- Medicaid’s Role: What’s at Stake Under a Block Grant or Per Capita Cap?
- Medicaid Restructuring Under the American Health Care Act and Nonelderly Adults with Disabilities
- Medicaid Restructuring Under the American Health Care Act and Implications for Behavioral Health Care in the US
- Current Flexibility in Medicaid: An Overview of Federal Standards and State Options
- Key Themes in Section 1115 Medicaid Expansion Waivers
- Medicaid State Fact Sheets
- Key Issues in Children’s Health Coverage
- Medicaid Pocket Primer
- Medicaid Financing: The Basics
- Medicaid’s Role in Ohio
- Medicaid’s Role in Kentucky
- Medicaid’s Role in West Virginia
- Medicaid’s Role in Tennessee
- Medicaid’s Role in Alaska
- Medicaid’s Role in Colorado
- Medicaid’s Role in Nevada
- Medicaid’s Role in Louisiana
Better Care Reconciliation Act (BCRA): State-by-State Estimates of Reductions in Federal Medicaid Funding
This brief provides national and state-by-state estimates of the reductions in federal spending under the Better Care Reconciliation Act for the period 2020-2029 and for 2029 in order to see the full effect of policy changes over a ten-year period.
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Who Are the 7 Million Nonelderly Adults with Disabilities in Medicaid and What Would the House GOP Bill to Restructure Medicaid Financing and Repeal the Affordable Care Act Mean for Them?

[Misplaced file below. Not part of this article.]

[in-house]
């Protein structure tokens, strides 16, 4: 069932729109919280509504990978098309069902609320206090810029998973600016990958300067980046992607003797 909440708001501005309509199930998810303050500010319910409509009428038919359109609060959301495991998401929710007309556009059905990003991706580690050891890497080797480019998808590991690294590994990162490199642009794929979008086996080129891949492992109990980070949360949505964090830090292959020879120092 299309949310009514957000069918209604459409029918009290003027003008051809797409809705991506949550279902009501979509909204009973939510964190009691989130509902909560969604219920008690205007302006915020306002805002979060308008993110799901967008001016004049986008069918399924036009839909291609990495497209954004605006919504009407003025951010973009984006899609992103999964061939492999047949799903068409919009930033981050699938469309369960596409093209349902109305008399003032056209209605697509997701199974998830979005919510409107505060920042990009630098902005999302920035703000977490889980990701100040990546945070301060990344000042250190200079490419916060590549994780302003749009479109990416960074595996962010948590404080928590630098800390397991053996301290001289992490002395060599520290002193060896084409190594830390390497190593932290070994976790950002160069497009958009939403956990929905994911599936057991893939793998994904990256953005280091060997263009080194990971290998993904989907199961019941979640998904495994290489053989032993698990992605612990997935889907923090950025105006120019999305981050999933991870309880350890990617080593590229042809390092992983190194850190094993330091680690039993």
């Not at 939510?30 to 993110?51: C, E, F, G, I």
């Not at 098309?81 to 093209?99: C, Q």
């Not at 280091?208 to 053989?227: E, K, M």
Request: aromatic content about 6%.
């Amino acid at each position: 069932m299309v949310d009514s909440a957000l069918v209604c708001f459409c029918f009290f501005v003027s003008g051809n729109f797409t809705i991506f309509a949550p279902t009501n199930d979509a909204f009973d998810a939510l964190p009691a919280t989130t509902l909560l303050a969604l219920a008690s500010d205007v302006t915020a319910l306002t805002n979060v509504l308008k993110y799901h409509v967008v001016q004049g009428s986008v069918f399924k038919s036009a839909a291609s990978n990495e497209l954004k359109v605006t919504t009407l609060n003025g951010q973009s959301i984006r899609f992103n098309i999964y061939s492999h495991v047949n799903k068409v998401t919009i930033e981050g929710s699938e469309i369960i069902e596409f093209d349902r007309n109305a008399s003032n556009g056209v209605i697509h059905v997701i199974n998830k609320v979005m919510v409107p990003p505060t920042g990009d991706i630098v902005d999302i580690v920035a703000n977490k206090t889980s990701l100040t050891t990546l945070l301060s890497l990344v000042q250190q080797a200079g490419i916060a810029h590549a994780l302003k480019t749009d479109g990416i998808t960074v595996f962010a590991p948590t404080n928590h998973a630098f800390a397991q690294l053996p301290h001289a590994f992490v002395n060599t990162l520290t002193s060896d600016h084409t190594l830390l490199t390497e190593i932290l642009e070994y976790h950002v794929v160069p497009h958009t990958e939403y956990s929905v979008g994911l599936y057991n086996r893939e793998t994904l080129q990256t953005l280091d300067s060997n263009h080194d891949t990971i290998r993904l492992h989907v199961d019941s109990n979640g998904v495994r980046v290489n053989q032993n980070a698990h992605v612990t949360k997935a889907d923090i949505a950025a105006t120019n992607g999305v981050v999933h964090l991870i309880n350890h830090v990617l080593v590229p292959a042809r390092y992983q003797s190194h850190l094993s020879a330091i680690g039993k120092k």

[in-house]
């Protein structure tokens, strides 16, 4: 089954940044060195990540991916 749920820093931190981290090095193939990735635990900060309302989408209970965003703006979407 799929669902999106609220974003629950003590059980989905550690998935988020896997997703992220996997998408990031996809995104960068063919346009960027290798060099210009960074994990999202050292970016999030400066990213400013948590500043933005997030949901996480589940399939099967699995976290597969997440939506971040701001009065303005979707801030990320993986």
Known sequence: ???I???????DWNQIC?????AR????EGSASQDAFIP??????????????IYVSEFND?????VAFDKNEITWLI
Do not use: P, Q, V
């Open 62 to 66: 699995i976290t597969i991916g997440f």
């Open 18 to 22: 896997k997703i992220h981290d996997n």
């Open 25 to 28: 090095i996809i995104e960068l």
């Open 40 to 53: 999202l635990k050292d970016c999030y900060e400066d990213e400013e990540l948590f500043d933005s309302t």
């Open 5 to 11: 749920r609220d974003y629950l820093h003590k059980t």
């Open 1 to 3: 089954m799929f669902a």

A new brief from the Kaiser Family Foundation explains the role that Medicaid plays for nearly 7 million nonelderly adults with disabilities in the U.S. and explores what the American Health Care Act could mean for their health care and coverage. Medicaid covers more than three in 10 nonelderly adults…
This brief describes Medicaid’s role for nearly 7 million nonelderly adults with disabilities living in the community to help inform the debate about the American Health Care Act’s proposals to end enhanced federal funding under the ACA and reduce federal Medicaid funding under a per capita cap.